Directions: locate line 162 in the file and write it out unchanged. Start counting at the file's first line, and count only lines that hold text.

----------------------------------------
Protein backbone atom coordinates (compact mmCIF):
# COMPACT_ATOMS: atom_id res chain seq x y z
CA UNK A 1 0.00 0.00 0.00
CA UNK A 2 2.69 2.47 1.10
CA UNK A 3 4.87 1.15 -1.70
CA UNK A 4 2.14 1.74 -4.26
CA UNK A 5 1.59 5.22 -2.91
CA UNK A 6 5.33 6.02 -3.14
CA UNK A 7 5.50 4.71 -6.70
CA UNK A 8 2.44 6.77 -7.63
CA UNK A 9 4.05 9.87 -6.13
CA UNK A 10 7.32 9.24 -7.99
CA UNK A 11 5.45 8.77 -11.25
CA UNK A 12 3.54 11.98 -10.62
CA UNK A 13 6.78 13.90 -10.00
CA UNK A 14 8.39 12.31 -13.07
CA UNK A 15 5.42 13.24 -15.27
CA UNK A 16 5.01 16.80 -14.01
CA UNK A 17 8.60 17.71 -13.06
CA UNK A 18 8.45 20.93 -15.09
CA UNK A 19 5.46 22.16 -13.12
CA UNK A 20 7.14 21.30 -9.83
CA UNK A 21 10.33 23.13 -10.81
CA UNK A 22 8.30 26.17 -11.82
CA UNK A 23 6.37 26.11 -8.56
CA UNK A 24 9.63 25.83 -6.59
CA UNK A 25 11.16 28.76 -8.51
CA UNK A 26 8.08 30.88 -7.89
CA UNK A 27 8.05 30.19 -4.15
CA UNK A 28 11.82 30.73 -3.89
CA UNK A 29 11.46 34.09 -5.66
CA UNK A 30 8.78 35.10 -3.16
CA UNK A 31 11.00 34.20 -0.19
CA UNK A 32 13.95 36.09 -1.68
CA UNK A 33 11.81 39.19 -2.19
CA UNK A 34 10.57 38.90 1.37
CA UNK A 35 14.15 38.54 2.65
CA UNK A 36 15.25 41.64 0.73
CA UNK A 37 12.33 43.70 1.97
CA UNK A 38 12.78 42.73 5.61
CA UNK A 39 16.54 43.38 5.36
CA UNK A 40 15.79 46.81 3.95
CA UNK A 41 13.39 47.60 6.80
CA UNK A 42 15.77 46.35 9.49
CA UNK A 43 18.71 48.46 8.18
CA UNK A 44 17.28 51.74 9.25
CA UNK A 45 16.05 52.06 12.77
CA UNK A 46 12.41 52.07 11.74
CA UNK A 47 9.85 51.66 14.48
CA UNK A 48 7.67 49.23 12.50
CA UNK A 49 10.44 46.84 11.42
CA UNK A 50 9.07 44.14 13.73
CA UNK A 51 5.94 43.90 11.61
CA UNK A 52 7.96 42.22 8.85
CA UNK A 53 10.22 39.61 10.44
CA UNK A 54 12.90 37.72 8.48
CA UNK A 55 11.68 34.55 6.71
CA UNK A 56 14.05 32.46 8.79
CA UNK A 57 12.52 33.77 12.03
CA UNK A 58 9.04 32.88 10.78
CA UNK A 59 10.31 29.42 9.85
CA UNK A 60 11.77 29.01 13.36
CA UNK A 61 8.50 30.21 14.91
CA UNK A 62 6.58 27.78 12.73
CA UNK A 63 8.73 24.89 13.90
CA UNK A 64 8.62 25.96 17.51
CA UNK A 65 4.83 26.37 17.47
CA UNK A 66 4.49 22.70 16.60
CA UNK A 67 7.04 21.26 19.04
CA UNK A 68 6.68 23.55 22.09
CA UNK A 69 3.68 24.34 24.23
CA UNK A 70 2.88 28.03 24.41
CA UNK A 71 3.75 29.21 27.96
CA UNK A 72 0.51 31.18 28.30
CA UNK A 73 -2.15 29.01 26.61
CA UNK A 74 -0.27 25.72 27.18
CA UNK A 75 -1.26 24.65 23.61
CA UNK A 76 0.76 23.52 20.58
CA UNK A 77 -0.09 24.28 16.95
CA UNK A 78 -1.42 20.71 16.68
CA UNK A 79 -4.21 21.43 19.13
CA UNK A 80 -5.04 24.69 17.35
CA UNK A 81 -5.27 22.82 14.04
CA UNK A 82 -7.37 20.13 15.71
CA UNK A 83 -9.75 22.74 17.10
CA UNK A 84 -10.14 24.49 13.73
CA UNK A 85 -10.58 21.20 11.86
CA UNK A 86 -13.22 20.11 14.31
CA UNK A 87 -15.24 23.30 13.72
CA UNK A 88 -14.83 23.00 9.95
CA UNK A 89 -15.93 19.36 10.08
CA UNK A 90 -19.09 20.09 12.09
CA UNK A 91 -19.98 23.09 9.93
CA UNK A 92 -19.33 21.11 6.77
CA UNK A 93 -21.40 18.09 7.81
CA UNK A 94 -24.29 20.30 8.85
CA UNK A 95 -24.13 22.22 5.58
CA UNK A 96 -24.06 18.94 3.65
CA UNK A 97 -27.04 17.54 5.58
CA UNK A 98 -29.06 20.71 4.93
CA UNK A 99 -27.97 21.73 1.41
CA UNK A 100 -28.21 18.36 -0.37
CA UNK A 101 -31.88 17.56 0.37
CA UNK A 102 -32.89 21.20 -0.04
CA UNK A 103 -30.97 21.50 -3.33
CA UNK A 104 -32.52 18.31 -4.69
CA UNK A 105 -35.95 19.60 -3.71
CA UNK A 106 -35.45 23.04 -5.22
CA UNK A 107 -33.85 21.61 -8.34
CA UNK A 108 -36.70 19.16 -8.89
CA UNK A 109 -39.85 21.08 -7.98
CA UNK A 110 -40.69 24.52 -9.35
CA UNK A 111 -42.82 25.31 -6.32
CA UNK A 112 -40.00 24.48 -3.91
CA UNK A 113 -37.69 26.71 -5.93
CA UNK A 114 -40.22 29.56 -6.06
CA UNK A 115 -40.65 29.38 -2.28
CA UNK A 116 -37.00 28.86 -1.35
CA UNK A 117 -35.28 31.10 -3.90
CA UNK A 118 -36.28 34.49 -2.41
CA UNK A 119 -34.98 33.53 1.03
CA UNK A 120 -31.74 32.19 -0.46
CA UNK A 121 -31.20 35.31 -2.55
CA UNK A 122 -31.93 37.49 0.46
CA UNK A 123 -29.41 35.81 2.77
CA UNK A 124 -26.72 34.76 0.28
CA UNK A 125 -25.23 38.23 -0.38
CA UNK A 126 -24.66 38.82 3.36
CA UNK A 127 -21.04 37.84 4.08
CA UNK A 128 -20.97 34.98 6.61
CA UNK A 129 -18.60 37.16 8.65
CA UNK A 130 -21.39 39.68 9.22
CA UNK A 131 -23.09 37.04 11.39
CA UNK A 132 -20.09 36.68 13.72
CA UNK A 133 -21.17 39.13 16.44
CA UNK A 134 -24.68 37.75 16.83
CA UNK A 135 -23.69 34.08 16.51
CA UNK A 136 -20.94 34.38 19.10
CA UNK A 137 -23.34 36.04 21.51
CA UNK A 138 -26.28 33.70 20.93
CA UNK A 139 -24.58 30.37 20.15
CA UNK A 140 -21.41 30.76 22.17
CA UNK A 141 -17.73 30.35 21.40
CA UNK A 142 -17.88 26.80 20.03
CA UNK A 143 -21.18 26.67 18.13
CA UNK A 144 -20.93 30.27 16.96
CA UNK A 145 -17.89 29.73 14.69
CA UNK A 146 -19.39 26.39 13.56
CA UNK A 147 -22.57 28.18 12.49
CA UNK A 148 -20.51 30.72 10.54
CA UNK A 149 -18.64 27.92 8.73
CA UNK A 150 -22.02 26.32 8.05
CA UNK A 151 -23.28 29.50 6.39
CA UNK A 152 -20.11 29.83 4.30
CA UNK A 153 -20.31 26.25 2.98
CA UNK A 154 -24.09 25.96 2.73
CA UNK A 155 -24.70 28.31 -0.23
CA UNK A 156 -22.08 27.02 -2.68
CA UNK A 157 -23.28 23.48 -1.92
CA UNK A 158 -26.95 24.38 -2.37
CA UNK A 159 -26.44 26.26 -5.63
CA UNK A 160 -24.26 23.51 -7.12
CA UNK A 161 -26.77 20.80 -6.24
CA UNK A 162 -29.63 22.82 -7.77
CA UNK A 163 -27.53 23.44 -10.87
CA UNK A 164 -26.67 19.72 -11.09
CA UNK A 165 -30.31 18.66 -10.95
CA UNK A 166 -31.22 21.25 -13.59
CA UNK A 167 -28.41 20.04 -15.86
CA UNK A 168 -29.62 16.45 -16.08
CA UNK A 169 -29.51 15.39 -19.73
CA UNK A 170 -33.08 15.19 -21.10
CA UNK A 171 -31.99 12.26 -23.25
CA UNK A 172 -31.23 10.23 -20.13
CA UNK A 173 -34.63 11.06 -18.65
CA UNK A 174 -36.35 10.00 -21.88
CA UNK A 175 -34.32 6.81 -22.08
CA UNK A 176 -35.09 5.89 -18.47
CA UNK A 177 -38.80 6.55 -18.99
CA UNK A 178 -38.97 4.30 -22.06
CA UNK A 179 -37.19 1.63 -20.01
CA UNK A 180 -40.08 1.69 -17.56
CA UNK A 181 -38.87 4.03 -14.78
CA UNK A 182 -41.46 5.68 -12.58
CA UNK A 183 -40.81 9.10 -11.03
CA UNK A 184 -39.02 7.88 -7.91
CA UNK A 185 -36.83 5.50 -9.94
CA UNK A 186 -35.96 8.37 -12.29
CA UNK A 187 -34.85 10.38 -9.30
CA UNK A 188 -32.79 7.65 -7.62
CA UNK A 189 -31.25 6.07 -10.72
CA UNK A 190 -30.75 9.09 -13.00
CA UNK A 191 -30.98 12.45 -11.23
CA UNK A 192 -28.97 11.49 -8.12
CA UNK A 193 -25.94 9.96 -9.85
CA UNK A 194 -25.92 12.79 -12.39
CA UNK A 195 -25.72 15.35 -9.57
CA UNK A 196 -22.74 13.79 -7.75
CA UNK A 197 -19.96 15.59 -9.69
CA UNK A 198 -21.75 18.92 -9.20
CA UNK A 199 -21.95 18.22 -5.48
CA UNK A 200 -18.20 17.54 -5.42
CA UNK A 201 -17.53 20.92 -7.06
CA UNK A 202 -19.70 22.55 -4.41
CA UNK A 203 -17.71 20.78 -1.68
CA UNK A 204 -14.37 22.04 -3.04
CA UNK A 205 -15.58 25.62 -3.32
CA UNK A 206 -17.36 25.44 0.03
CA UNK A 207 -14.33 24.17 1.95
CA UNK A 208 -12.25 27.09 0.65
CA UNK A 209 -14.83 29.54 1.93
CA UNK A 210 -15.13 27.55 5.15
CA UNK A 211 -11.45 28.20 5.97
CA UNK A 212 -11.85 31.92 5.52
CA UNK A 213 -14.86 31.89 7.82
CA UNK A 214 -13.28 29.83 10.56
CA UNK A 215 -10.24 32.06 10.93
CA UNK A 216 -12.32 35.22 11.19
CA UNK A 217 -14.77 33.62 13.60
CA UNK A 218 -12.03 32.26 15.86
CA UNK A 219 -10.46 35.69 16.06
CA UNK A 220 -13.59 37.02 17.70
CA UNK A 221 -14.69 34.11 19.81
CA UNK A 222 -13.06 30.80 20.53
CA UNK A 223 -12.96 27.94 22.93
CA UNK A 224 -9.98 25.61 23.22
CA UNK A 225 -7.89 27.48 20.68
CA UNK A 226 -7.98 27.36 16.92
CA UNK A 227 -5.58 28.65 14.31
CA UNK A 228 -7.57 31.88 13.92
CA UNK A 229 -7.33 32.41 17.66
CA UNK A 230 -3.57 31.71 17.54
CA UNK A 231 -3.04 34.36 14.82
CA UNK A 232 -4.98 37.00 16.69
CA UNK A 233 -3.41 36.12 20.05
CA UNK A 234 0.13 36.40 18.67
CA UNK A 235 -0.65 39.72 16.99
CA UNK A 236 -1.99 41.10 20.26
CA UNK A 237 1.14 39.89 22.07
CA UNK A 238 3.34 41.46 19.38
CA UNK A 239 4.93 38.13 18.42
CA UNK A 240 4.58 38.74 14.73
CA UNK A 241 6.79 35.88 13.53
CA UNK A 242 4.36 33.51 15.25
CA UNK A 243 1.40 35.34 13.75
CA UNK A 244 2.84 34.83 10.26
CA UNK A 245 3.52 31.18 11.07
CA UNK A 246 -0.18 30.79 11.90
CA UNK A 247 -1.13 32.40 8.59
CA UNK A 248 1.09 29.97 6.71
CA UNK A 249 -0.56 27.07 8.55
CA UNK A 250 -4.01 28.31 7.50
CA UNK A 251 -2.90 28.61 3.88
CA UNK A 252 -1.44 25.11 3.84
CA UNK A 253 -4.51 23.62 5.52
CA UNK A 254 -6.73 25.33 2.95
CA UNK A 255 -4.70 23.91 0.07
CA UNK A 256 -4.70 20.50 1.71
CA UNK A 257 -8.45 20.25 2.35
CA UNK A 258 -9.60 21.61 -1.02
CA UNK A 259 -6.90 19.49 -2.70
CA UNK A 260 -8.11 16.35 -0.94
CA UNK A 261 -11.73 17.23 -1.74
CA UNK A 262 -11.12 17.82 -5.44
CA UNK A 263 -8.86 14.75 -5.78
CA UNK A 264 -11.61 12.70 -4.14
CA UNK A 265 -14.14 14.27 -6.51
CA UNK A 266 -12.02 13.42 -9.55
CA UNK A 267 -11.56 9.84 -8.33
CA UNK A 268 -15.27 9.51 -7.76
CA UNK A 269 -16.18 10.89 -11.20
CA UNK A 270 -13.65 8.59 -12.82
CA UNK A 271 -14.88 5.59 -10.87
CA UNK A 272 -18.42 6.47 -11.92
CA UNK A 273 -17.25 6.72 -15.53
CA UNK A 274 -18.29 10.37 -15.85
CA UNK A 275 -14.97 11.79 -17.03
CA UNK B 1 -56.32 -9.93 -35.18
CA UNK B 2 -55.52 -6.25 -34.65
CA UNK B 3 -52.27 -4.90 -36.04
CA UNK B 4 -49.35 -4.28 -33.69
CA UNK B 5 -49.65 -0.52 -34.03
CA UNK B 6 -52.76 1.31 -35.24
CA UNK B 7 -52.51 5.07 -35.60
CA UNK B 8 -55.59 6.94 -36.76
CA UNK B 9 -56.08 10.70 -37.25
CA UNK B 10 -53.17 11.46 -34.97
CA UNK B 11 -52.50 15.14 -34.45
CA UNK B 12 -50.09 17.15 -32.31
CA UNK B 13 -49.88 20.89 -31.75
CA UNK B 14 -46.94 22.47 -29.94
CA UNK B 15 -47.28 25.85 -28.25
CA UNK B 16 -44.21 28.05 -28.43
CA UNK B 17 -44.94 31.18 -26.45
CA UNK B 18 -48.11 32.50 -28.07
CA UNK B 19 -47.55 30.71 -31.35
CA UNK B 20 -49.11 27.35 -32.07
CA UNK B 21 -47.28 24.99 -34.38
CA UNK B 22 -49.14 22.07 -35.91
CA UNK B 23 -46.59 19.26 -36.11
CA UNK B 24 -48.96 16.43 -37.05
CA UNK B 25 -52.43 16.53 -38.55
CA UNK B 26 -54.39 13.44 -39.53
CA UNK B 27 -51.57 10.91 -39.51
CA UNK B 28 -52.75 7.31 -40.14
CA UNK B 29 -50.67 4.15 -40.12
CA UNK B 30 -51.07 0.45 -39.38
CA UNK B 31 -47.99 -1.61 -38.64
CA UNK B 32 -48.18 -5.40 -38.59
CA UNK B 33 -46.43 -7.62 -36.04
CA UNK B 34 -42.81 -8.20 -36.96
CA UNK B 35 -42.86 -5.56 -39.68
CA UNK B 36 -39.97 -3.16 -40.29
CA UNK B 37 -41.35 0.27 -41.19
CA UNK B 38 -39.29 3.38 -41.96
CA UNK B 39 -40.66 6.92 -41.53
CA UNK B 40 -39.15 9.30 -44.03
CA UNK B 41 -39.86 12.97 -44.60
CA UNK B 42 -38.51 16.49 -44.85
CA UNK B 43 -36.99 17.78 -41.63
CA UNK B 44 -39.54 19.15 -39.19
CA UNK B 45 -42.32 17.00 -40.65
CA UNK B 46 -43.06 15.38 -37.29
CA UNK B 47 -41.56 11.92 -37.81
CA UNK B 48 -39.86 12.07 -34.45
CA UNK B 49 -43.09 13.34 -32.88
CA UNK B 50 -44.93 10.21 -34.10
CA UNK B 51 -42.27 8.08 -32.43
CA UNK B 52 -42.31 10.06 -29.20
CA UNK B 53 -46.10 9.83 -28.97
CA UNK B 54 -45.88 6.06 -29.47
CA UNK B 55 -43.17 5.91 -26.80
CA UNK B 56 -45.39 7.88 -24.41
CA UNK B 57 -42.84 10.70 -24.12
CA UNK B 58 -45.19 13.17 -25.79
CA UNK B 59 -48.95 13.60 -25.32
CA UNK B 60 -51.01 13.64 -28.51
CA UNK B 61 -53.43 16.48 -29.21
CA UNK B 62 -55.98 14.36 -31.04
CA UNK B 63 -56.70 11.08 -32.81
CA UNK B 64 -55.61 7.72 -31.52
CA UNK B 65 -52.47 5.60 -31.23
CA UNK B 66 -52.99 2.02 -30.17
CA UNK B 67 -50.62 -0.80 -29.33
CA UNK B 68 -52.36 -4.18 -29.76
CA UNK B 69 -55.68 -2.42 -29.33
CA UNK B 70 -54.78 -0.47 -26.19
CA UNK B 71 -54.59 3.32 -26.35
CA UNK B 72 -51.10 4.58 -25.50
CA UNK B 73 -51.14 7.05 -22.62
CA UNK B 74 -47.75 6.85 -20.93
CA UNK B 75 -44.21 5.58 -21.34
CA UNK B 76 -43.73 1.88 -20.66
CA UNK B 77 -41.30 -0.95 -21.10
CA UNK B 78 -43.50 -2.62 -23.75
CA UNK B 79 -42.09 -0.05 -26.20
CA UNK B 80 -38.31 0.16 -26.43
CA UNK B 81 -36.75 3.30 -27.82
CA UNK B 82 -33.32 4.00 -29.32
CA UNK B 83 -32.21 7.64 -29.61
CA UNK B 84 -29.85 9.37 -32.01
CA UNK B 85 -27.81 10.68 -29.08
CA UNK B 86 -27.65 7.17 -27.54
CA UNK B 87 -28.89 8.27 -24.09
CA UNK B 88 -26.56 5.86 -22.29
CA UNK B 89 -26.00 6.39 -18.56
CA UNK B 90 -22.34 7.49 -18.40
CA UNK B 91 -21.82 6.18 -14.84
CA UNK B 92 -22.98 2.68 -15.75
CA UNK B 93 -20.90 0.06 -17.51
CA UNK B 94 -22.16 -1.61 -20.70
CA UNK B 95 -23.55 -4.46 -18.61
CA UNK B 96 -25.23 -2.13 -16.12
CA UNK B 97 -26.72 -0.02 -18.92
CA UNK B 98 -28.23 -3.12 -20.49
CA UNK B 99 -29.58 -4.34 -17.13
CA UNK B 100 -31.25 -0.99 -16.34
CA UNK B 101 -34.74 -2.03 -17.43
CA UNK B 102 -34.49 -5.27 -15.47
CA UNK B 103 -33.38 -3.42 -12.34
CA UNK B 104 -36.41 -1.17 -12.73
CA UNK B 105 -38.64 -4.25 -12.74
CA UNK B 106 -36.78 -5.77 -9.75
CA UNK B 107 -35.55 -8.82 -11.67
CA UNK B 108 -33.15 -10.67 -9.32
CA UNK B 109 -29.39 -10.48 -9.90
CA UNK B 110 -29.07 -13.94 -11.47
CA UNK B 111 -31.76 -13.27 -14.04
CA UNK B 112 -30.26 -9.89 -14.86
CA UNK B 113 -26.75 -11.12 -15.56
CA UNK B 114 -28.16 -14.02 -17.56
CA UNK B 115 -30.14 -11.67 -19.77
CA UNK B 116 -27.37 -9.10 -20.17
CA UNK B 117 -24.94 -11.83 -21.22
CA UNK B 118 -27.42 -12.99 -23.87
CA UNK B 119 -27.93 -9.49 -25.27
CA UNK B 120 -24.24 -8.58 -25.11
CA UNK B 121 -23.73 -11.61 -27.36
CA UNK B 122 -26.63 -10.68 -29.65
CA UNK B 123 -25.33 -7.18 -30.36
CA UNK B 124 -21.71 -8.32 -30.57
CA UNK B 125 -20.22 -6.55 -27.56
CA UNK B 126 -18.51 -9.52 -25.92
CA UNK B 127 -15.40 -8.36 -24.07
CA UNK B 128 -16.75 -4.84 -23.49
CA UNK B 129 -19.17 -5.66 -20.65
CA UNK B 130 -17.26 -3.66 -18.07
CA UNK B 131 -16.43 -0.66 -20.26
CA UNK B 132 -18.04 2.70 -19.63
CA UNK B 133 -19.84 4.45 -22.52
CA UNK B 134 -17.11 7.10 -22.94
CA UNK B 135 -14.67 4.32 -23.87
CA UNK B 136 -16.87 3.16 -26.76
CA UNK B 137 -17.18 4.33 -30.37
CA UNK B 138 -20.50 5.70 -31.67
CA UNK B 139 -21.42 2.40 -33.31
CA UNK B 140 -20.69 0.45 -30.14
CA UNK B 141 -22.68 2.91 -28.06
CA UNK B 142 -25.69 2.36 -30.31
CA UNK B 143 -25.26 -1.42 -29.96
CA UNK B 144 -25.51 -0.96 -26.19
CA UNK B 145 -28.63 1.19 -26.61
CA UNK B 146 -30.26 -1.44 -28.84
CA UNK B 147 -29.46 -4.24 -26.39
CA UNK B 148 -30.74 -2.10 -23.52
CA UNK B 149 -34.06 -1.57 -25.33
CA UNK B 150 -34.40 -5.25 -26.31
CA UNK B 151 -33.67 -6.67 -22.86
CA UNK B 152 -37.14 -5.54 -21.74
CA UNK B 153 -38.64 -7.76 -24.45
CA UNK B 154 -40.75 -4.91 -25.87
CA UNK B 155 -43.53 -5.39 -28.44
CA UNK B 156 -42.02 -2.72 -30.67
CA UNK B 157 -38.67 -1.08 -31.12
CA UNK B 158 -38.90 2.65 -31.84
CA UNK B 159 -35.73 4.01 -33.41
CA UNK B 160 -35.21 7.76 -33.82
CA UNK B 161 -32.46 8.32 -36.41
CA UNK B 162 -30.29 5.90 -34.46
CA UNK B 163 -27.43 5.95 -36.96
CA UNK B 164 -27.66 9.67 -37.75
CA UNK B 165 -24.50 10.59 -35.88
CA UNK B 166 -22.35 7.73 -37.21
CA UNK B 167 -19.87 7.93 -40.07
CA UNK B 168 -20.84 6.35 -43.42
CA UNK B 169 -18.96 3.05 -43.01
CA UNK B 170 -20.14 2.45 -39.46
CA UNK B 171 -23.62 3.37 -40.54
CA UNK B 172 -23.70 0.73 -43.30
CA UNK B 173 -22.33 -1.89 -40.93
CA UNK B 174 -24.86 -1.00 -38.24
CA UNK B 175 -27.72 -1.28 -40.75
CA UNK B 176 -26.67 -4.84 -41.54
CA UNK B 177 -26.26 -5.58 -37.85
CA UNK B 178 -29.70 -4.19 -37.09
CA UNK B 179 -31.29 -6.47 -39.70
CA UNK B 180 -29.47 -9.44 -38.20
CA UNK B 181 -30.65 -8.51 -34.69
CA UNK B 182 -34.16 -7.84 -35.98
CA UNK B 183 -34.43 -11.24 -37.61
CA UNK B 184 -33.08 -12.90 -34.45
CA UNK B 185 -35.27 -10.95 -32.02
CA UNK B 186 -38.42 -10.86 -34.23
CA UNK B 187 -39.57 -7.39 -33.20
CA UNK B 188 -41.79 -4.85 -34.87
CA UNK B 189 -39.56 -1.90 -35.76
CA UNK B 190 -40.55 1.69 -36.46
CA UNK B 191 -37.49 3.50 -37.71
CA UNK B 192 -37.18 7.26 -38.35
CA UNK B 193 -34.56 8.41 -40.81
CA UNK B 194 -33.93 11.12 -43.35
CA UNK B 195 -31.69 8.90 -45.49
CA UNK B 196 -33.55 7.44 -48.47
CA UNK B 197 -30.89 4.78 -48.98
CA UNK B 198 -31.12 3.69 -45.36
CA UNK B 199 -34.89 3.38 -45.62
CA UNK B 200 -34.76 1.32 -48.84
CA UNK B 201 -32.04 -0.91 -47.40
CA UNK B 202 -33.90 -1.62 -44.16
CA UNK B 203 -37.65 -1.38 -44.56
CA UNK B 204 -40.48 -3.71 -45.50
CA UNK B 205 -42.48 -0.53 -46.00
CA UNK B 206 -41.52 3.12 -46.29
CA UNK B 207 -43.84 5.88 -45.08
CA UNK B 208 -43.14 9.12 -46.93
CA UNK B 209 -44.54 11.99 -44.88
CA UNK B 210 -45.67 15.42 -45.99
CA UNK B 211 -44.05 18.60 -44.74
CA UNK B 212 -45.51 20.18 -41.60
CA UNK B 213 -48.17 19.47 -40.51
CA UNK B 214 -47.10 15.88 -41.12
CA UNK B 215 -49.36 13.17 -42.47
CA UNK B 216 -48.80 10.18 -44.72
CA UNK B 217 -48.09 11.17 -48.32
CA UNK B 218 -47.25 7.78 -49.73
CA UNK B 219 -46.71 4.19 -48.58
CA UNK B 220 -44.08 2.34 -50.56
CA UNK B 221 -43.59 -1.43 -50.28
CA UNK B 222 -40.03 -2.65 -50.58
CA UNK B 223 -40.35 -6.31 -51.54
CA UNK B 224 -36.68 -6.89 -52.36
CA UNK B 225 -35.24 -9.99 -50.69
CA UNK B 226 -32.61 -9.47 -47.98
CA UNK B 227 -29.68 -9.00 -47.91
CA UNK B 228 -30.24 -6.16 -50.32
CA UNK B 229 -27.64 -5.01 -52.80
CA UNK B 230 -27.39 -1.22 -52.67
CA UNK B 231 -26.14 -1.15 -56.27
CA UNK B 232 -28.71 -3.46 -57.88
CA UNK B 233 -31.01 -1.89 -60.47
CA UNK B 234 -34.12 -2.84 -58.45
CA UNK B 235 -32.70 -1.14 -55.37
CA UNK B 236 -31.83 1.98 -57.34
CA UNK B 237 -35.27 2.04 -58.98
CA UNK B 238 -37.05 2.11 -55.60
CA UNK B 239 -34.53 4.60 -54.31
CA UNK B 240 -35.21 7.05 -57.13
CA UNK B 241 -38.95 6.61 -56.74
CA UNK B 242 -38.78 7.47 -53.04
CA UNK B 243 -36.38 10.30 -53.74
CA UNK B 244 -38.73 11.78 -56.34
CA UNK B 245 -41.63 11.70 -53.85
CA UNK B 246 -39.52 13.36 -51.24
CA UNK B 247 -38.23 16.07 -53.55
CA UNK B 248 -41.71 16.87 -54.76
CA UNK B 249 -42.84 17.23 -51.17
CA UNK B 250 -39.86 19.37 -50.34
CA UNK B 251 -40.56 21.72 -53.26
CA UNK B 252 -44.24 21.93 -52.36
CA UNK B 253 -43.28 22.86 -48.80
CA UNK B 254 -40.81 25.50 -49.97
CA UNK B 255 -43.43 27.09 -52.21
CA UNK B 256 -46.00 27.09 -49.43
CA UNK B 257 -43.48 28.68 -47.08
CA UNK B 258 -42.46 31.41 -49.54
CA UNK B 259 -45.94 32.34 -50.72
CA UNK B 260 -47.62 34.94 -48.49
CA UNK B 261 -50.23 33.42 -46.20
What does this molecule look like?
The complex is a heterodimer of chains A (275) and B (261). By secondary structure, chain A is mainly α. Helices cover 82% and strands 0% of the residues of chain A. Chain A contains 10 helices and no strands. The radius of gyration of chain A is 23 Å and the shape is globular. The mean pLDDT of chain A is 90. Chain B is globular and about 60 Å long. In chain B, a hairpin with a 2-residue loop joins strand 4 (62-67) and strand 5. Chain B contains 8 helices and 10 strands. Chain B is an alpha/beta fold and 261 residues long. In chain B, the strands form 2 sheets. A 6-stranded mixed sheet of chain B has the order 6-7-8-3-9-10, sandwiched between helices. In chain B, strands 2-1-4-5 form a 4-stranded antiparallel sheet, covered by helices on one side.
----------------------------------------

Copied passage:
CA UNK A 160 -24.26 23.51 -7.12